From fighting food waste with beer to helping the homeless with cake, there's plenty of ways to chip in
Rough sleeping is escalating, the mental health epidemic is soaring and the threat of climate change is ever increasing. In the midst of so many causes, it can be easy to feel helpless: what to do first?
Well, in the words of Tesco, ‘every little helps’. And fortunately there are several ways you can do good simply by eating and drinking (even cooking if you’re that way inclined).
Spanning cafés to cooking schools, bakeries to bars, here are ten ways to help save the world in Manchester…
Make your cuppas count with Worker Bee, which donates a percentage of all wholesale sales to We Love MCR and Forever Manchester: charities that support local community projects. Available to both cafés and individual customers, its range includes five speciality coffees and two teas inspired by the city’s industrial heritage. After a boozier kind of brew? Then visit Seven Bro7hers, who’ve teamed up with Kellogg's to use cereal that would otherwise be wasted in their craft beer. If you needed more excuse for a pint…
HEAD DOWN T'PUB
Not only does the Eagle & Child serve proper pub grub, it also has a big conscience. Through a scheme called Eat Pennines, this popular watering hole has supported over 100 unemployed and disadvantaged young people by recruiting and training them in hospitality and horticulture. It’s also sustainably-minded, composting and recycling where possible, and is a base for Incredible Edible Ramsbottom.
‘DONATE’ AND GET SUSPENDED
Founded in 2015 by Manchester graduate Caroline Stevenson, the Foodinate concept is simple but powerful: order a Foodinate-branded dish from a participating restaurant and a meal will in turn be donated to someone in need. Just out for a drink? Several coffee shops now offer the chance to buy a ‘suspended’ coffee for someone who needs it. Finally, The Hip Hop Chip Shop is offering to donate a meal to the homeless in return for £9 towards its new Ancoats chippy.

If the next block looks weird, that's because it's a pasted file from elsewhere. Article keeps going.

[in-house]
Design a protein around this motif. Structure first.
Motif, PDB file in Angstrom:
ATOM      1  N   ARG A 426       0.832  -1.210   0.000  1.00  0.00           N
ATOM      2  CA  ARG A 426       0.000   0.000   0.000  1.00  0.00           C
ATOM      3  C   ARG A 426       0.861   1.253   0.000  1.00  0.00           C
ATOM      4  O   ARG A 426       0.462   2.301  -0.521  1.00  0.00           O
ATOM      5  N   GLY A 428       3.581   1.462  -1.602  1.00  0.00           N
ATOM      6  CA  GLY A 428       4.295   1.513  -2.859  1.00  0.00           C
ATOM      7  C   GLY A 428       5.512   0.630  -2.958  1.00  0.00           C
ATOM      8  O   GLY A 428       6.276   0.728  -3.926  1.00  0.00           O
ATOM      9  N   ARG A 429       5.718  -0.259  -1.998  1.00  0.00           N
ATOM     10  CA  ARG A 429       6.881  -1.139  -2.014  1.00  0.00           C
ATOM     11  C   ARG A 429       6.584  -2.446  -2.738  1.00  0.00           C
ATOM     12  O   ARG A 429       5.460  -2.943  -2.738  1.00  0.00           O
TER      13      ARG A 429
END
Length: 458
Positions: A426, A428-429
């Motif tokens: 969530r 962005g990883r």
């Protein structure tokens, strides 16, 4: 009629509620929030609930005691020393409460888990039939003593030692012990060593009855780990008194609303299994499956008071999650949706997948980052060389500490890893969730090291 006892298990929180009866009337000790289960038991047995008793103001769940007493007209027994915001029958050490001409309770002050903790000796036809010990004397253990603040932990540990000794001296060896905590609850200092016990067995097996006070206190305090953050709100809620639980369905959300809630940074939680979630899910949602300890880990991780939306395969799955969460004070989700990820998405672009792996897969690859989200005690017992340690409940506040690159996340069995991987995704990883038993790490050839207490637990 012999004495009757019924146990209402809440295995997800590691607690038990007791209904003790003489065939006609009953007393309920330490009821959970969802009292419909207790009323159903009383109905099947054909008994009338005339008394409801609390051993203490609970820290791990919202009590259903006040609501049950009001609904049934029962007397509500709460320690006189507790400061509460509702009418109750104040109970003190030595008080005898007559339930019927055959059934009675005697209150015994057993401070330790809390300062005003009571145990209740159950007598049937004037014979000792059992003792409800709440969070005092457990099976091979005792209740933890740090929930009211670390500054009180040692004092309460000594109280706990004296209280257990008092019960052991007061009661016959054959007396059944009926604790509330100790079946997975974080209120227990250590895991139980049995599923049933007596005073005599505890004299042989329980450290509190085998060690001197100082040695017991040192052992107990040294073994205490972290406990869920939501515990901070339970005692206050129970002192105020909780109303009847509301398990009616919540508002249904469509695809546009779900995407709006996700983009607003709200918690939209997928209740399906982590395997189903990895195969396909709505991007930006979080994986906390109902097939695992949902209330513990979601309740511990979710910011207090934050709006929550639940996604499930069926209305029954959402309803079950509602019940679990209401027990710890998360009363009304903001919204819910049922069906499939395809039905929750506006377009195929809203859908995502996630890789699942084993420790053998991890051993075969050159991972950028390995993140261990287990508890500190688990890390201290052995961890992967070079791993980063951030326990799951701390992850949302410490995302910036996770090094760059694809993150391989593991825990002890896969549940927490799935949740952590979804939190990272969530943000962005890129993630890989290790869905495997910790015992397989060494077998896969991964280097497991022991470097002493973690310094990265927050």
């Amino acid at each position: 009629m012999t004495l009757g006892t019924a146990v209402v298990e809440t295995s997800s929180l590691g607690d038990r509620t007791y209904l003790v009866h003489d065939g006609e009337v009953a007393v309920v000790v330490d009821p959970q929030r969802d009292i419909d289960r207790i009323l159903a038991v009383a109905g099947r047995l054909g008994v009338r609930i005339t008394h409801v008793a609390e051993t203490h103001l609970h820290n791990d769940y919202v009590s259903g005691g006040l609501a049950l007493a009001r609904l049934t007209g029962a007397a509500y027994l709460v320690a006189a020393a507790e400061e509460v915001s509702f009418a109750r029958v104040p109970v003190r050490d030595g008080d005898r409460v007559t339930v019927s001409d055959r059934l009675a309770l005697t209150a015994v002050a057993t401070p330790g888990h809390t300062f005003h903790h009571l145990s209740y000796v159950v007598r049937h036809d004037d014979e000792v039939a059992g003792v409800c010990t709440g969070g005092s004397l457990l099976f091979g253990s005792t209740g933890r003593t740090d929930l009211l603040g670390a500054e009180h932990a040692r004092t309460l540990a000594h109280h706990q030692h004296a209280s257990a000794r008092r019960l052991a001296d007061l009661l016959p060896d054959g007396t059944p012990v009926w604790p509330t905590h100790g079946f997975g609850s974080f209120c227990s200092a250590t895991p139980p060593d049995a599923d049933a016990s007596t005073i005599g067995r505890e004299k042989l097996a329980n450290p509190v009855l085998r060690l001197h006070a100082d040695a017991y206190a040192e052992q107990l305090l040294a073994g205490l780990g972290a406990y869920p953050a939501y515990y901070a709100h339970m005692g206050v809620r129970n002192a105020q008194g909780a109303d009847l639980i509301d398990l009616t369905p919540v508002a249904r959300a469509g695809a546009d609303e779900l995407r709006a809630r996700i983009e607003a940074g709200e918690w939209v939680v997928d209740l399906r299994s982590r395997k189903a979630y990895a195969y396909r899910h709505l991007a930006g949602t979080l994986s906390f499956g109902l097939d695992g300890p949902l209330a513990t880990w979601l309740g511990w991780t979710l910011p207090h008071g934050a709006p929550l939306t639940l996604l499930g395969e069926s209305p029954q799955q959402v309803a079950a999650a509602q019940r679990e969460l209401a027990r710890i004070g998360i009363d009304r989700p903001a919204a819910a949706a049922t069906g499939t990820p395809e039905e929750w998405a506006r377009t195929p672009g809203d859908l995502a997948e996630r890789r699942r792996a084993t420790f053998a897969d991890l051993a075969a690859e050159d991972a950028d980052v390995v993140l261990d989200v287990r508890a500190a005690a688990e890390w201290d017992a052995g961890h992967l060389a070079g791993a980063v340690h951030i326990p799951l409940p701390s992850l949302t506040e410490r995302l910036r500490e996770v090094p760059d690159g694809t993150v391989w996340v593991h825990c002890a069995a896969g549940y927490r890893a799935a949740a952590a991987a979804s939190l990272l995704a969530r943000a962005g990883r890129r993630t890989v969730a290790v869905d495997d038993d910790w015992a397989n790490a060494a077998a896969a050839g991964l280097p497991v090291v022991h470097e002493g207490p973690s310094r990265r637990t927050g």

REDUCE REOFFENDING IN A CAFE
It may look like another independent coffee shop, but the majority of The Mess’ staff have been in prison or rehab: by offering them training and support, this award-winning café helps them make a fresh start that would otherwise be hard to find. The Clink’s new Manchester café also helps recent prisoners, as well as young adults from homelessness charity Centrepoint, while its popular Cheshire restaurant employs inmates at HMP Styal.
When you order from Good Mood Food, not only can you expect fresh ethical buffets using locally-sourced produce but - since it’s a catering social enterprise in partnership with Manchester Mind - all profits go towards providing vital mental health services, which are increasingly under pressure. Also keep an eye on Open Kitchen MCR, the new waste food enterprise from Real Junk Food Manchester.
CURRY (NOT) IN A HURRY
If six courses of Asian food sounds like your Shangri La, you’re in luck: Pippa Middlehurst will be serving just that at Maggie’s #kitchentableday on Saturday 3 November. The winner of Britain’s Best Home Cook, she cooks a particularly mean Massaman curry, and you can BYOB. What’s more, all proceeds from the event will be donated to the Maggie’s charity, which offers support to those affected by cancer.
Home to a hydroponics unit, fruit, veg and over 100,000 honeybees, The Printworks’ rooftop garden is a very different hive of activity to the one below, of neon signs and multiplex cinemas. Produce is often sold on behalf of charity, and you’ll soon be able to buy honey at Manchester Cathedral, proceeds of which will go towards its charity Volition. There’s still chance to adopt a bee too.
GET ON THE PANS
Fancy yourself a pretty decent cook? Or want to upskill your kitchen time? Fortunately, you can do both - and do some good while you’re at it. Cracking Good Food is both a cookery school and social enterprise that aims to make affordable, sustainable & healthier food for all - offering everything from urban foraging classes to community outreach - while Foodcycle serves up nutritious meals using food that would otherwise go to waste, and is always looking for volunteers to help at its PAYF meals. Finally, homeless charity Centrepoint is after ‘souper troupers’ to join its Big Broth campaign.
Warm cinnamon rolls, salted caramel and popcorn brownies and lemon and blueberry loaves…just some of the delights to be found at Lekker Vegan Bakery. Popping up at makers’ markets citywide, these treats are all the sweeter considering 10% of sales go to charity. Turns out scoffing cake is a virtue, not a vice (well, kind of…)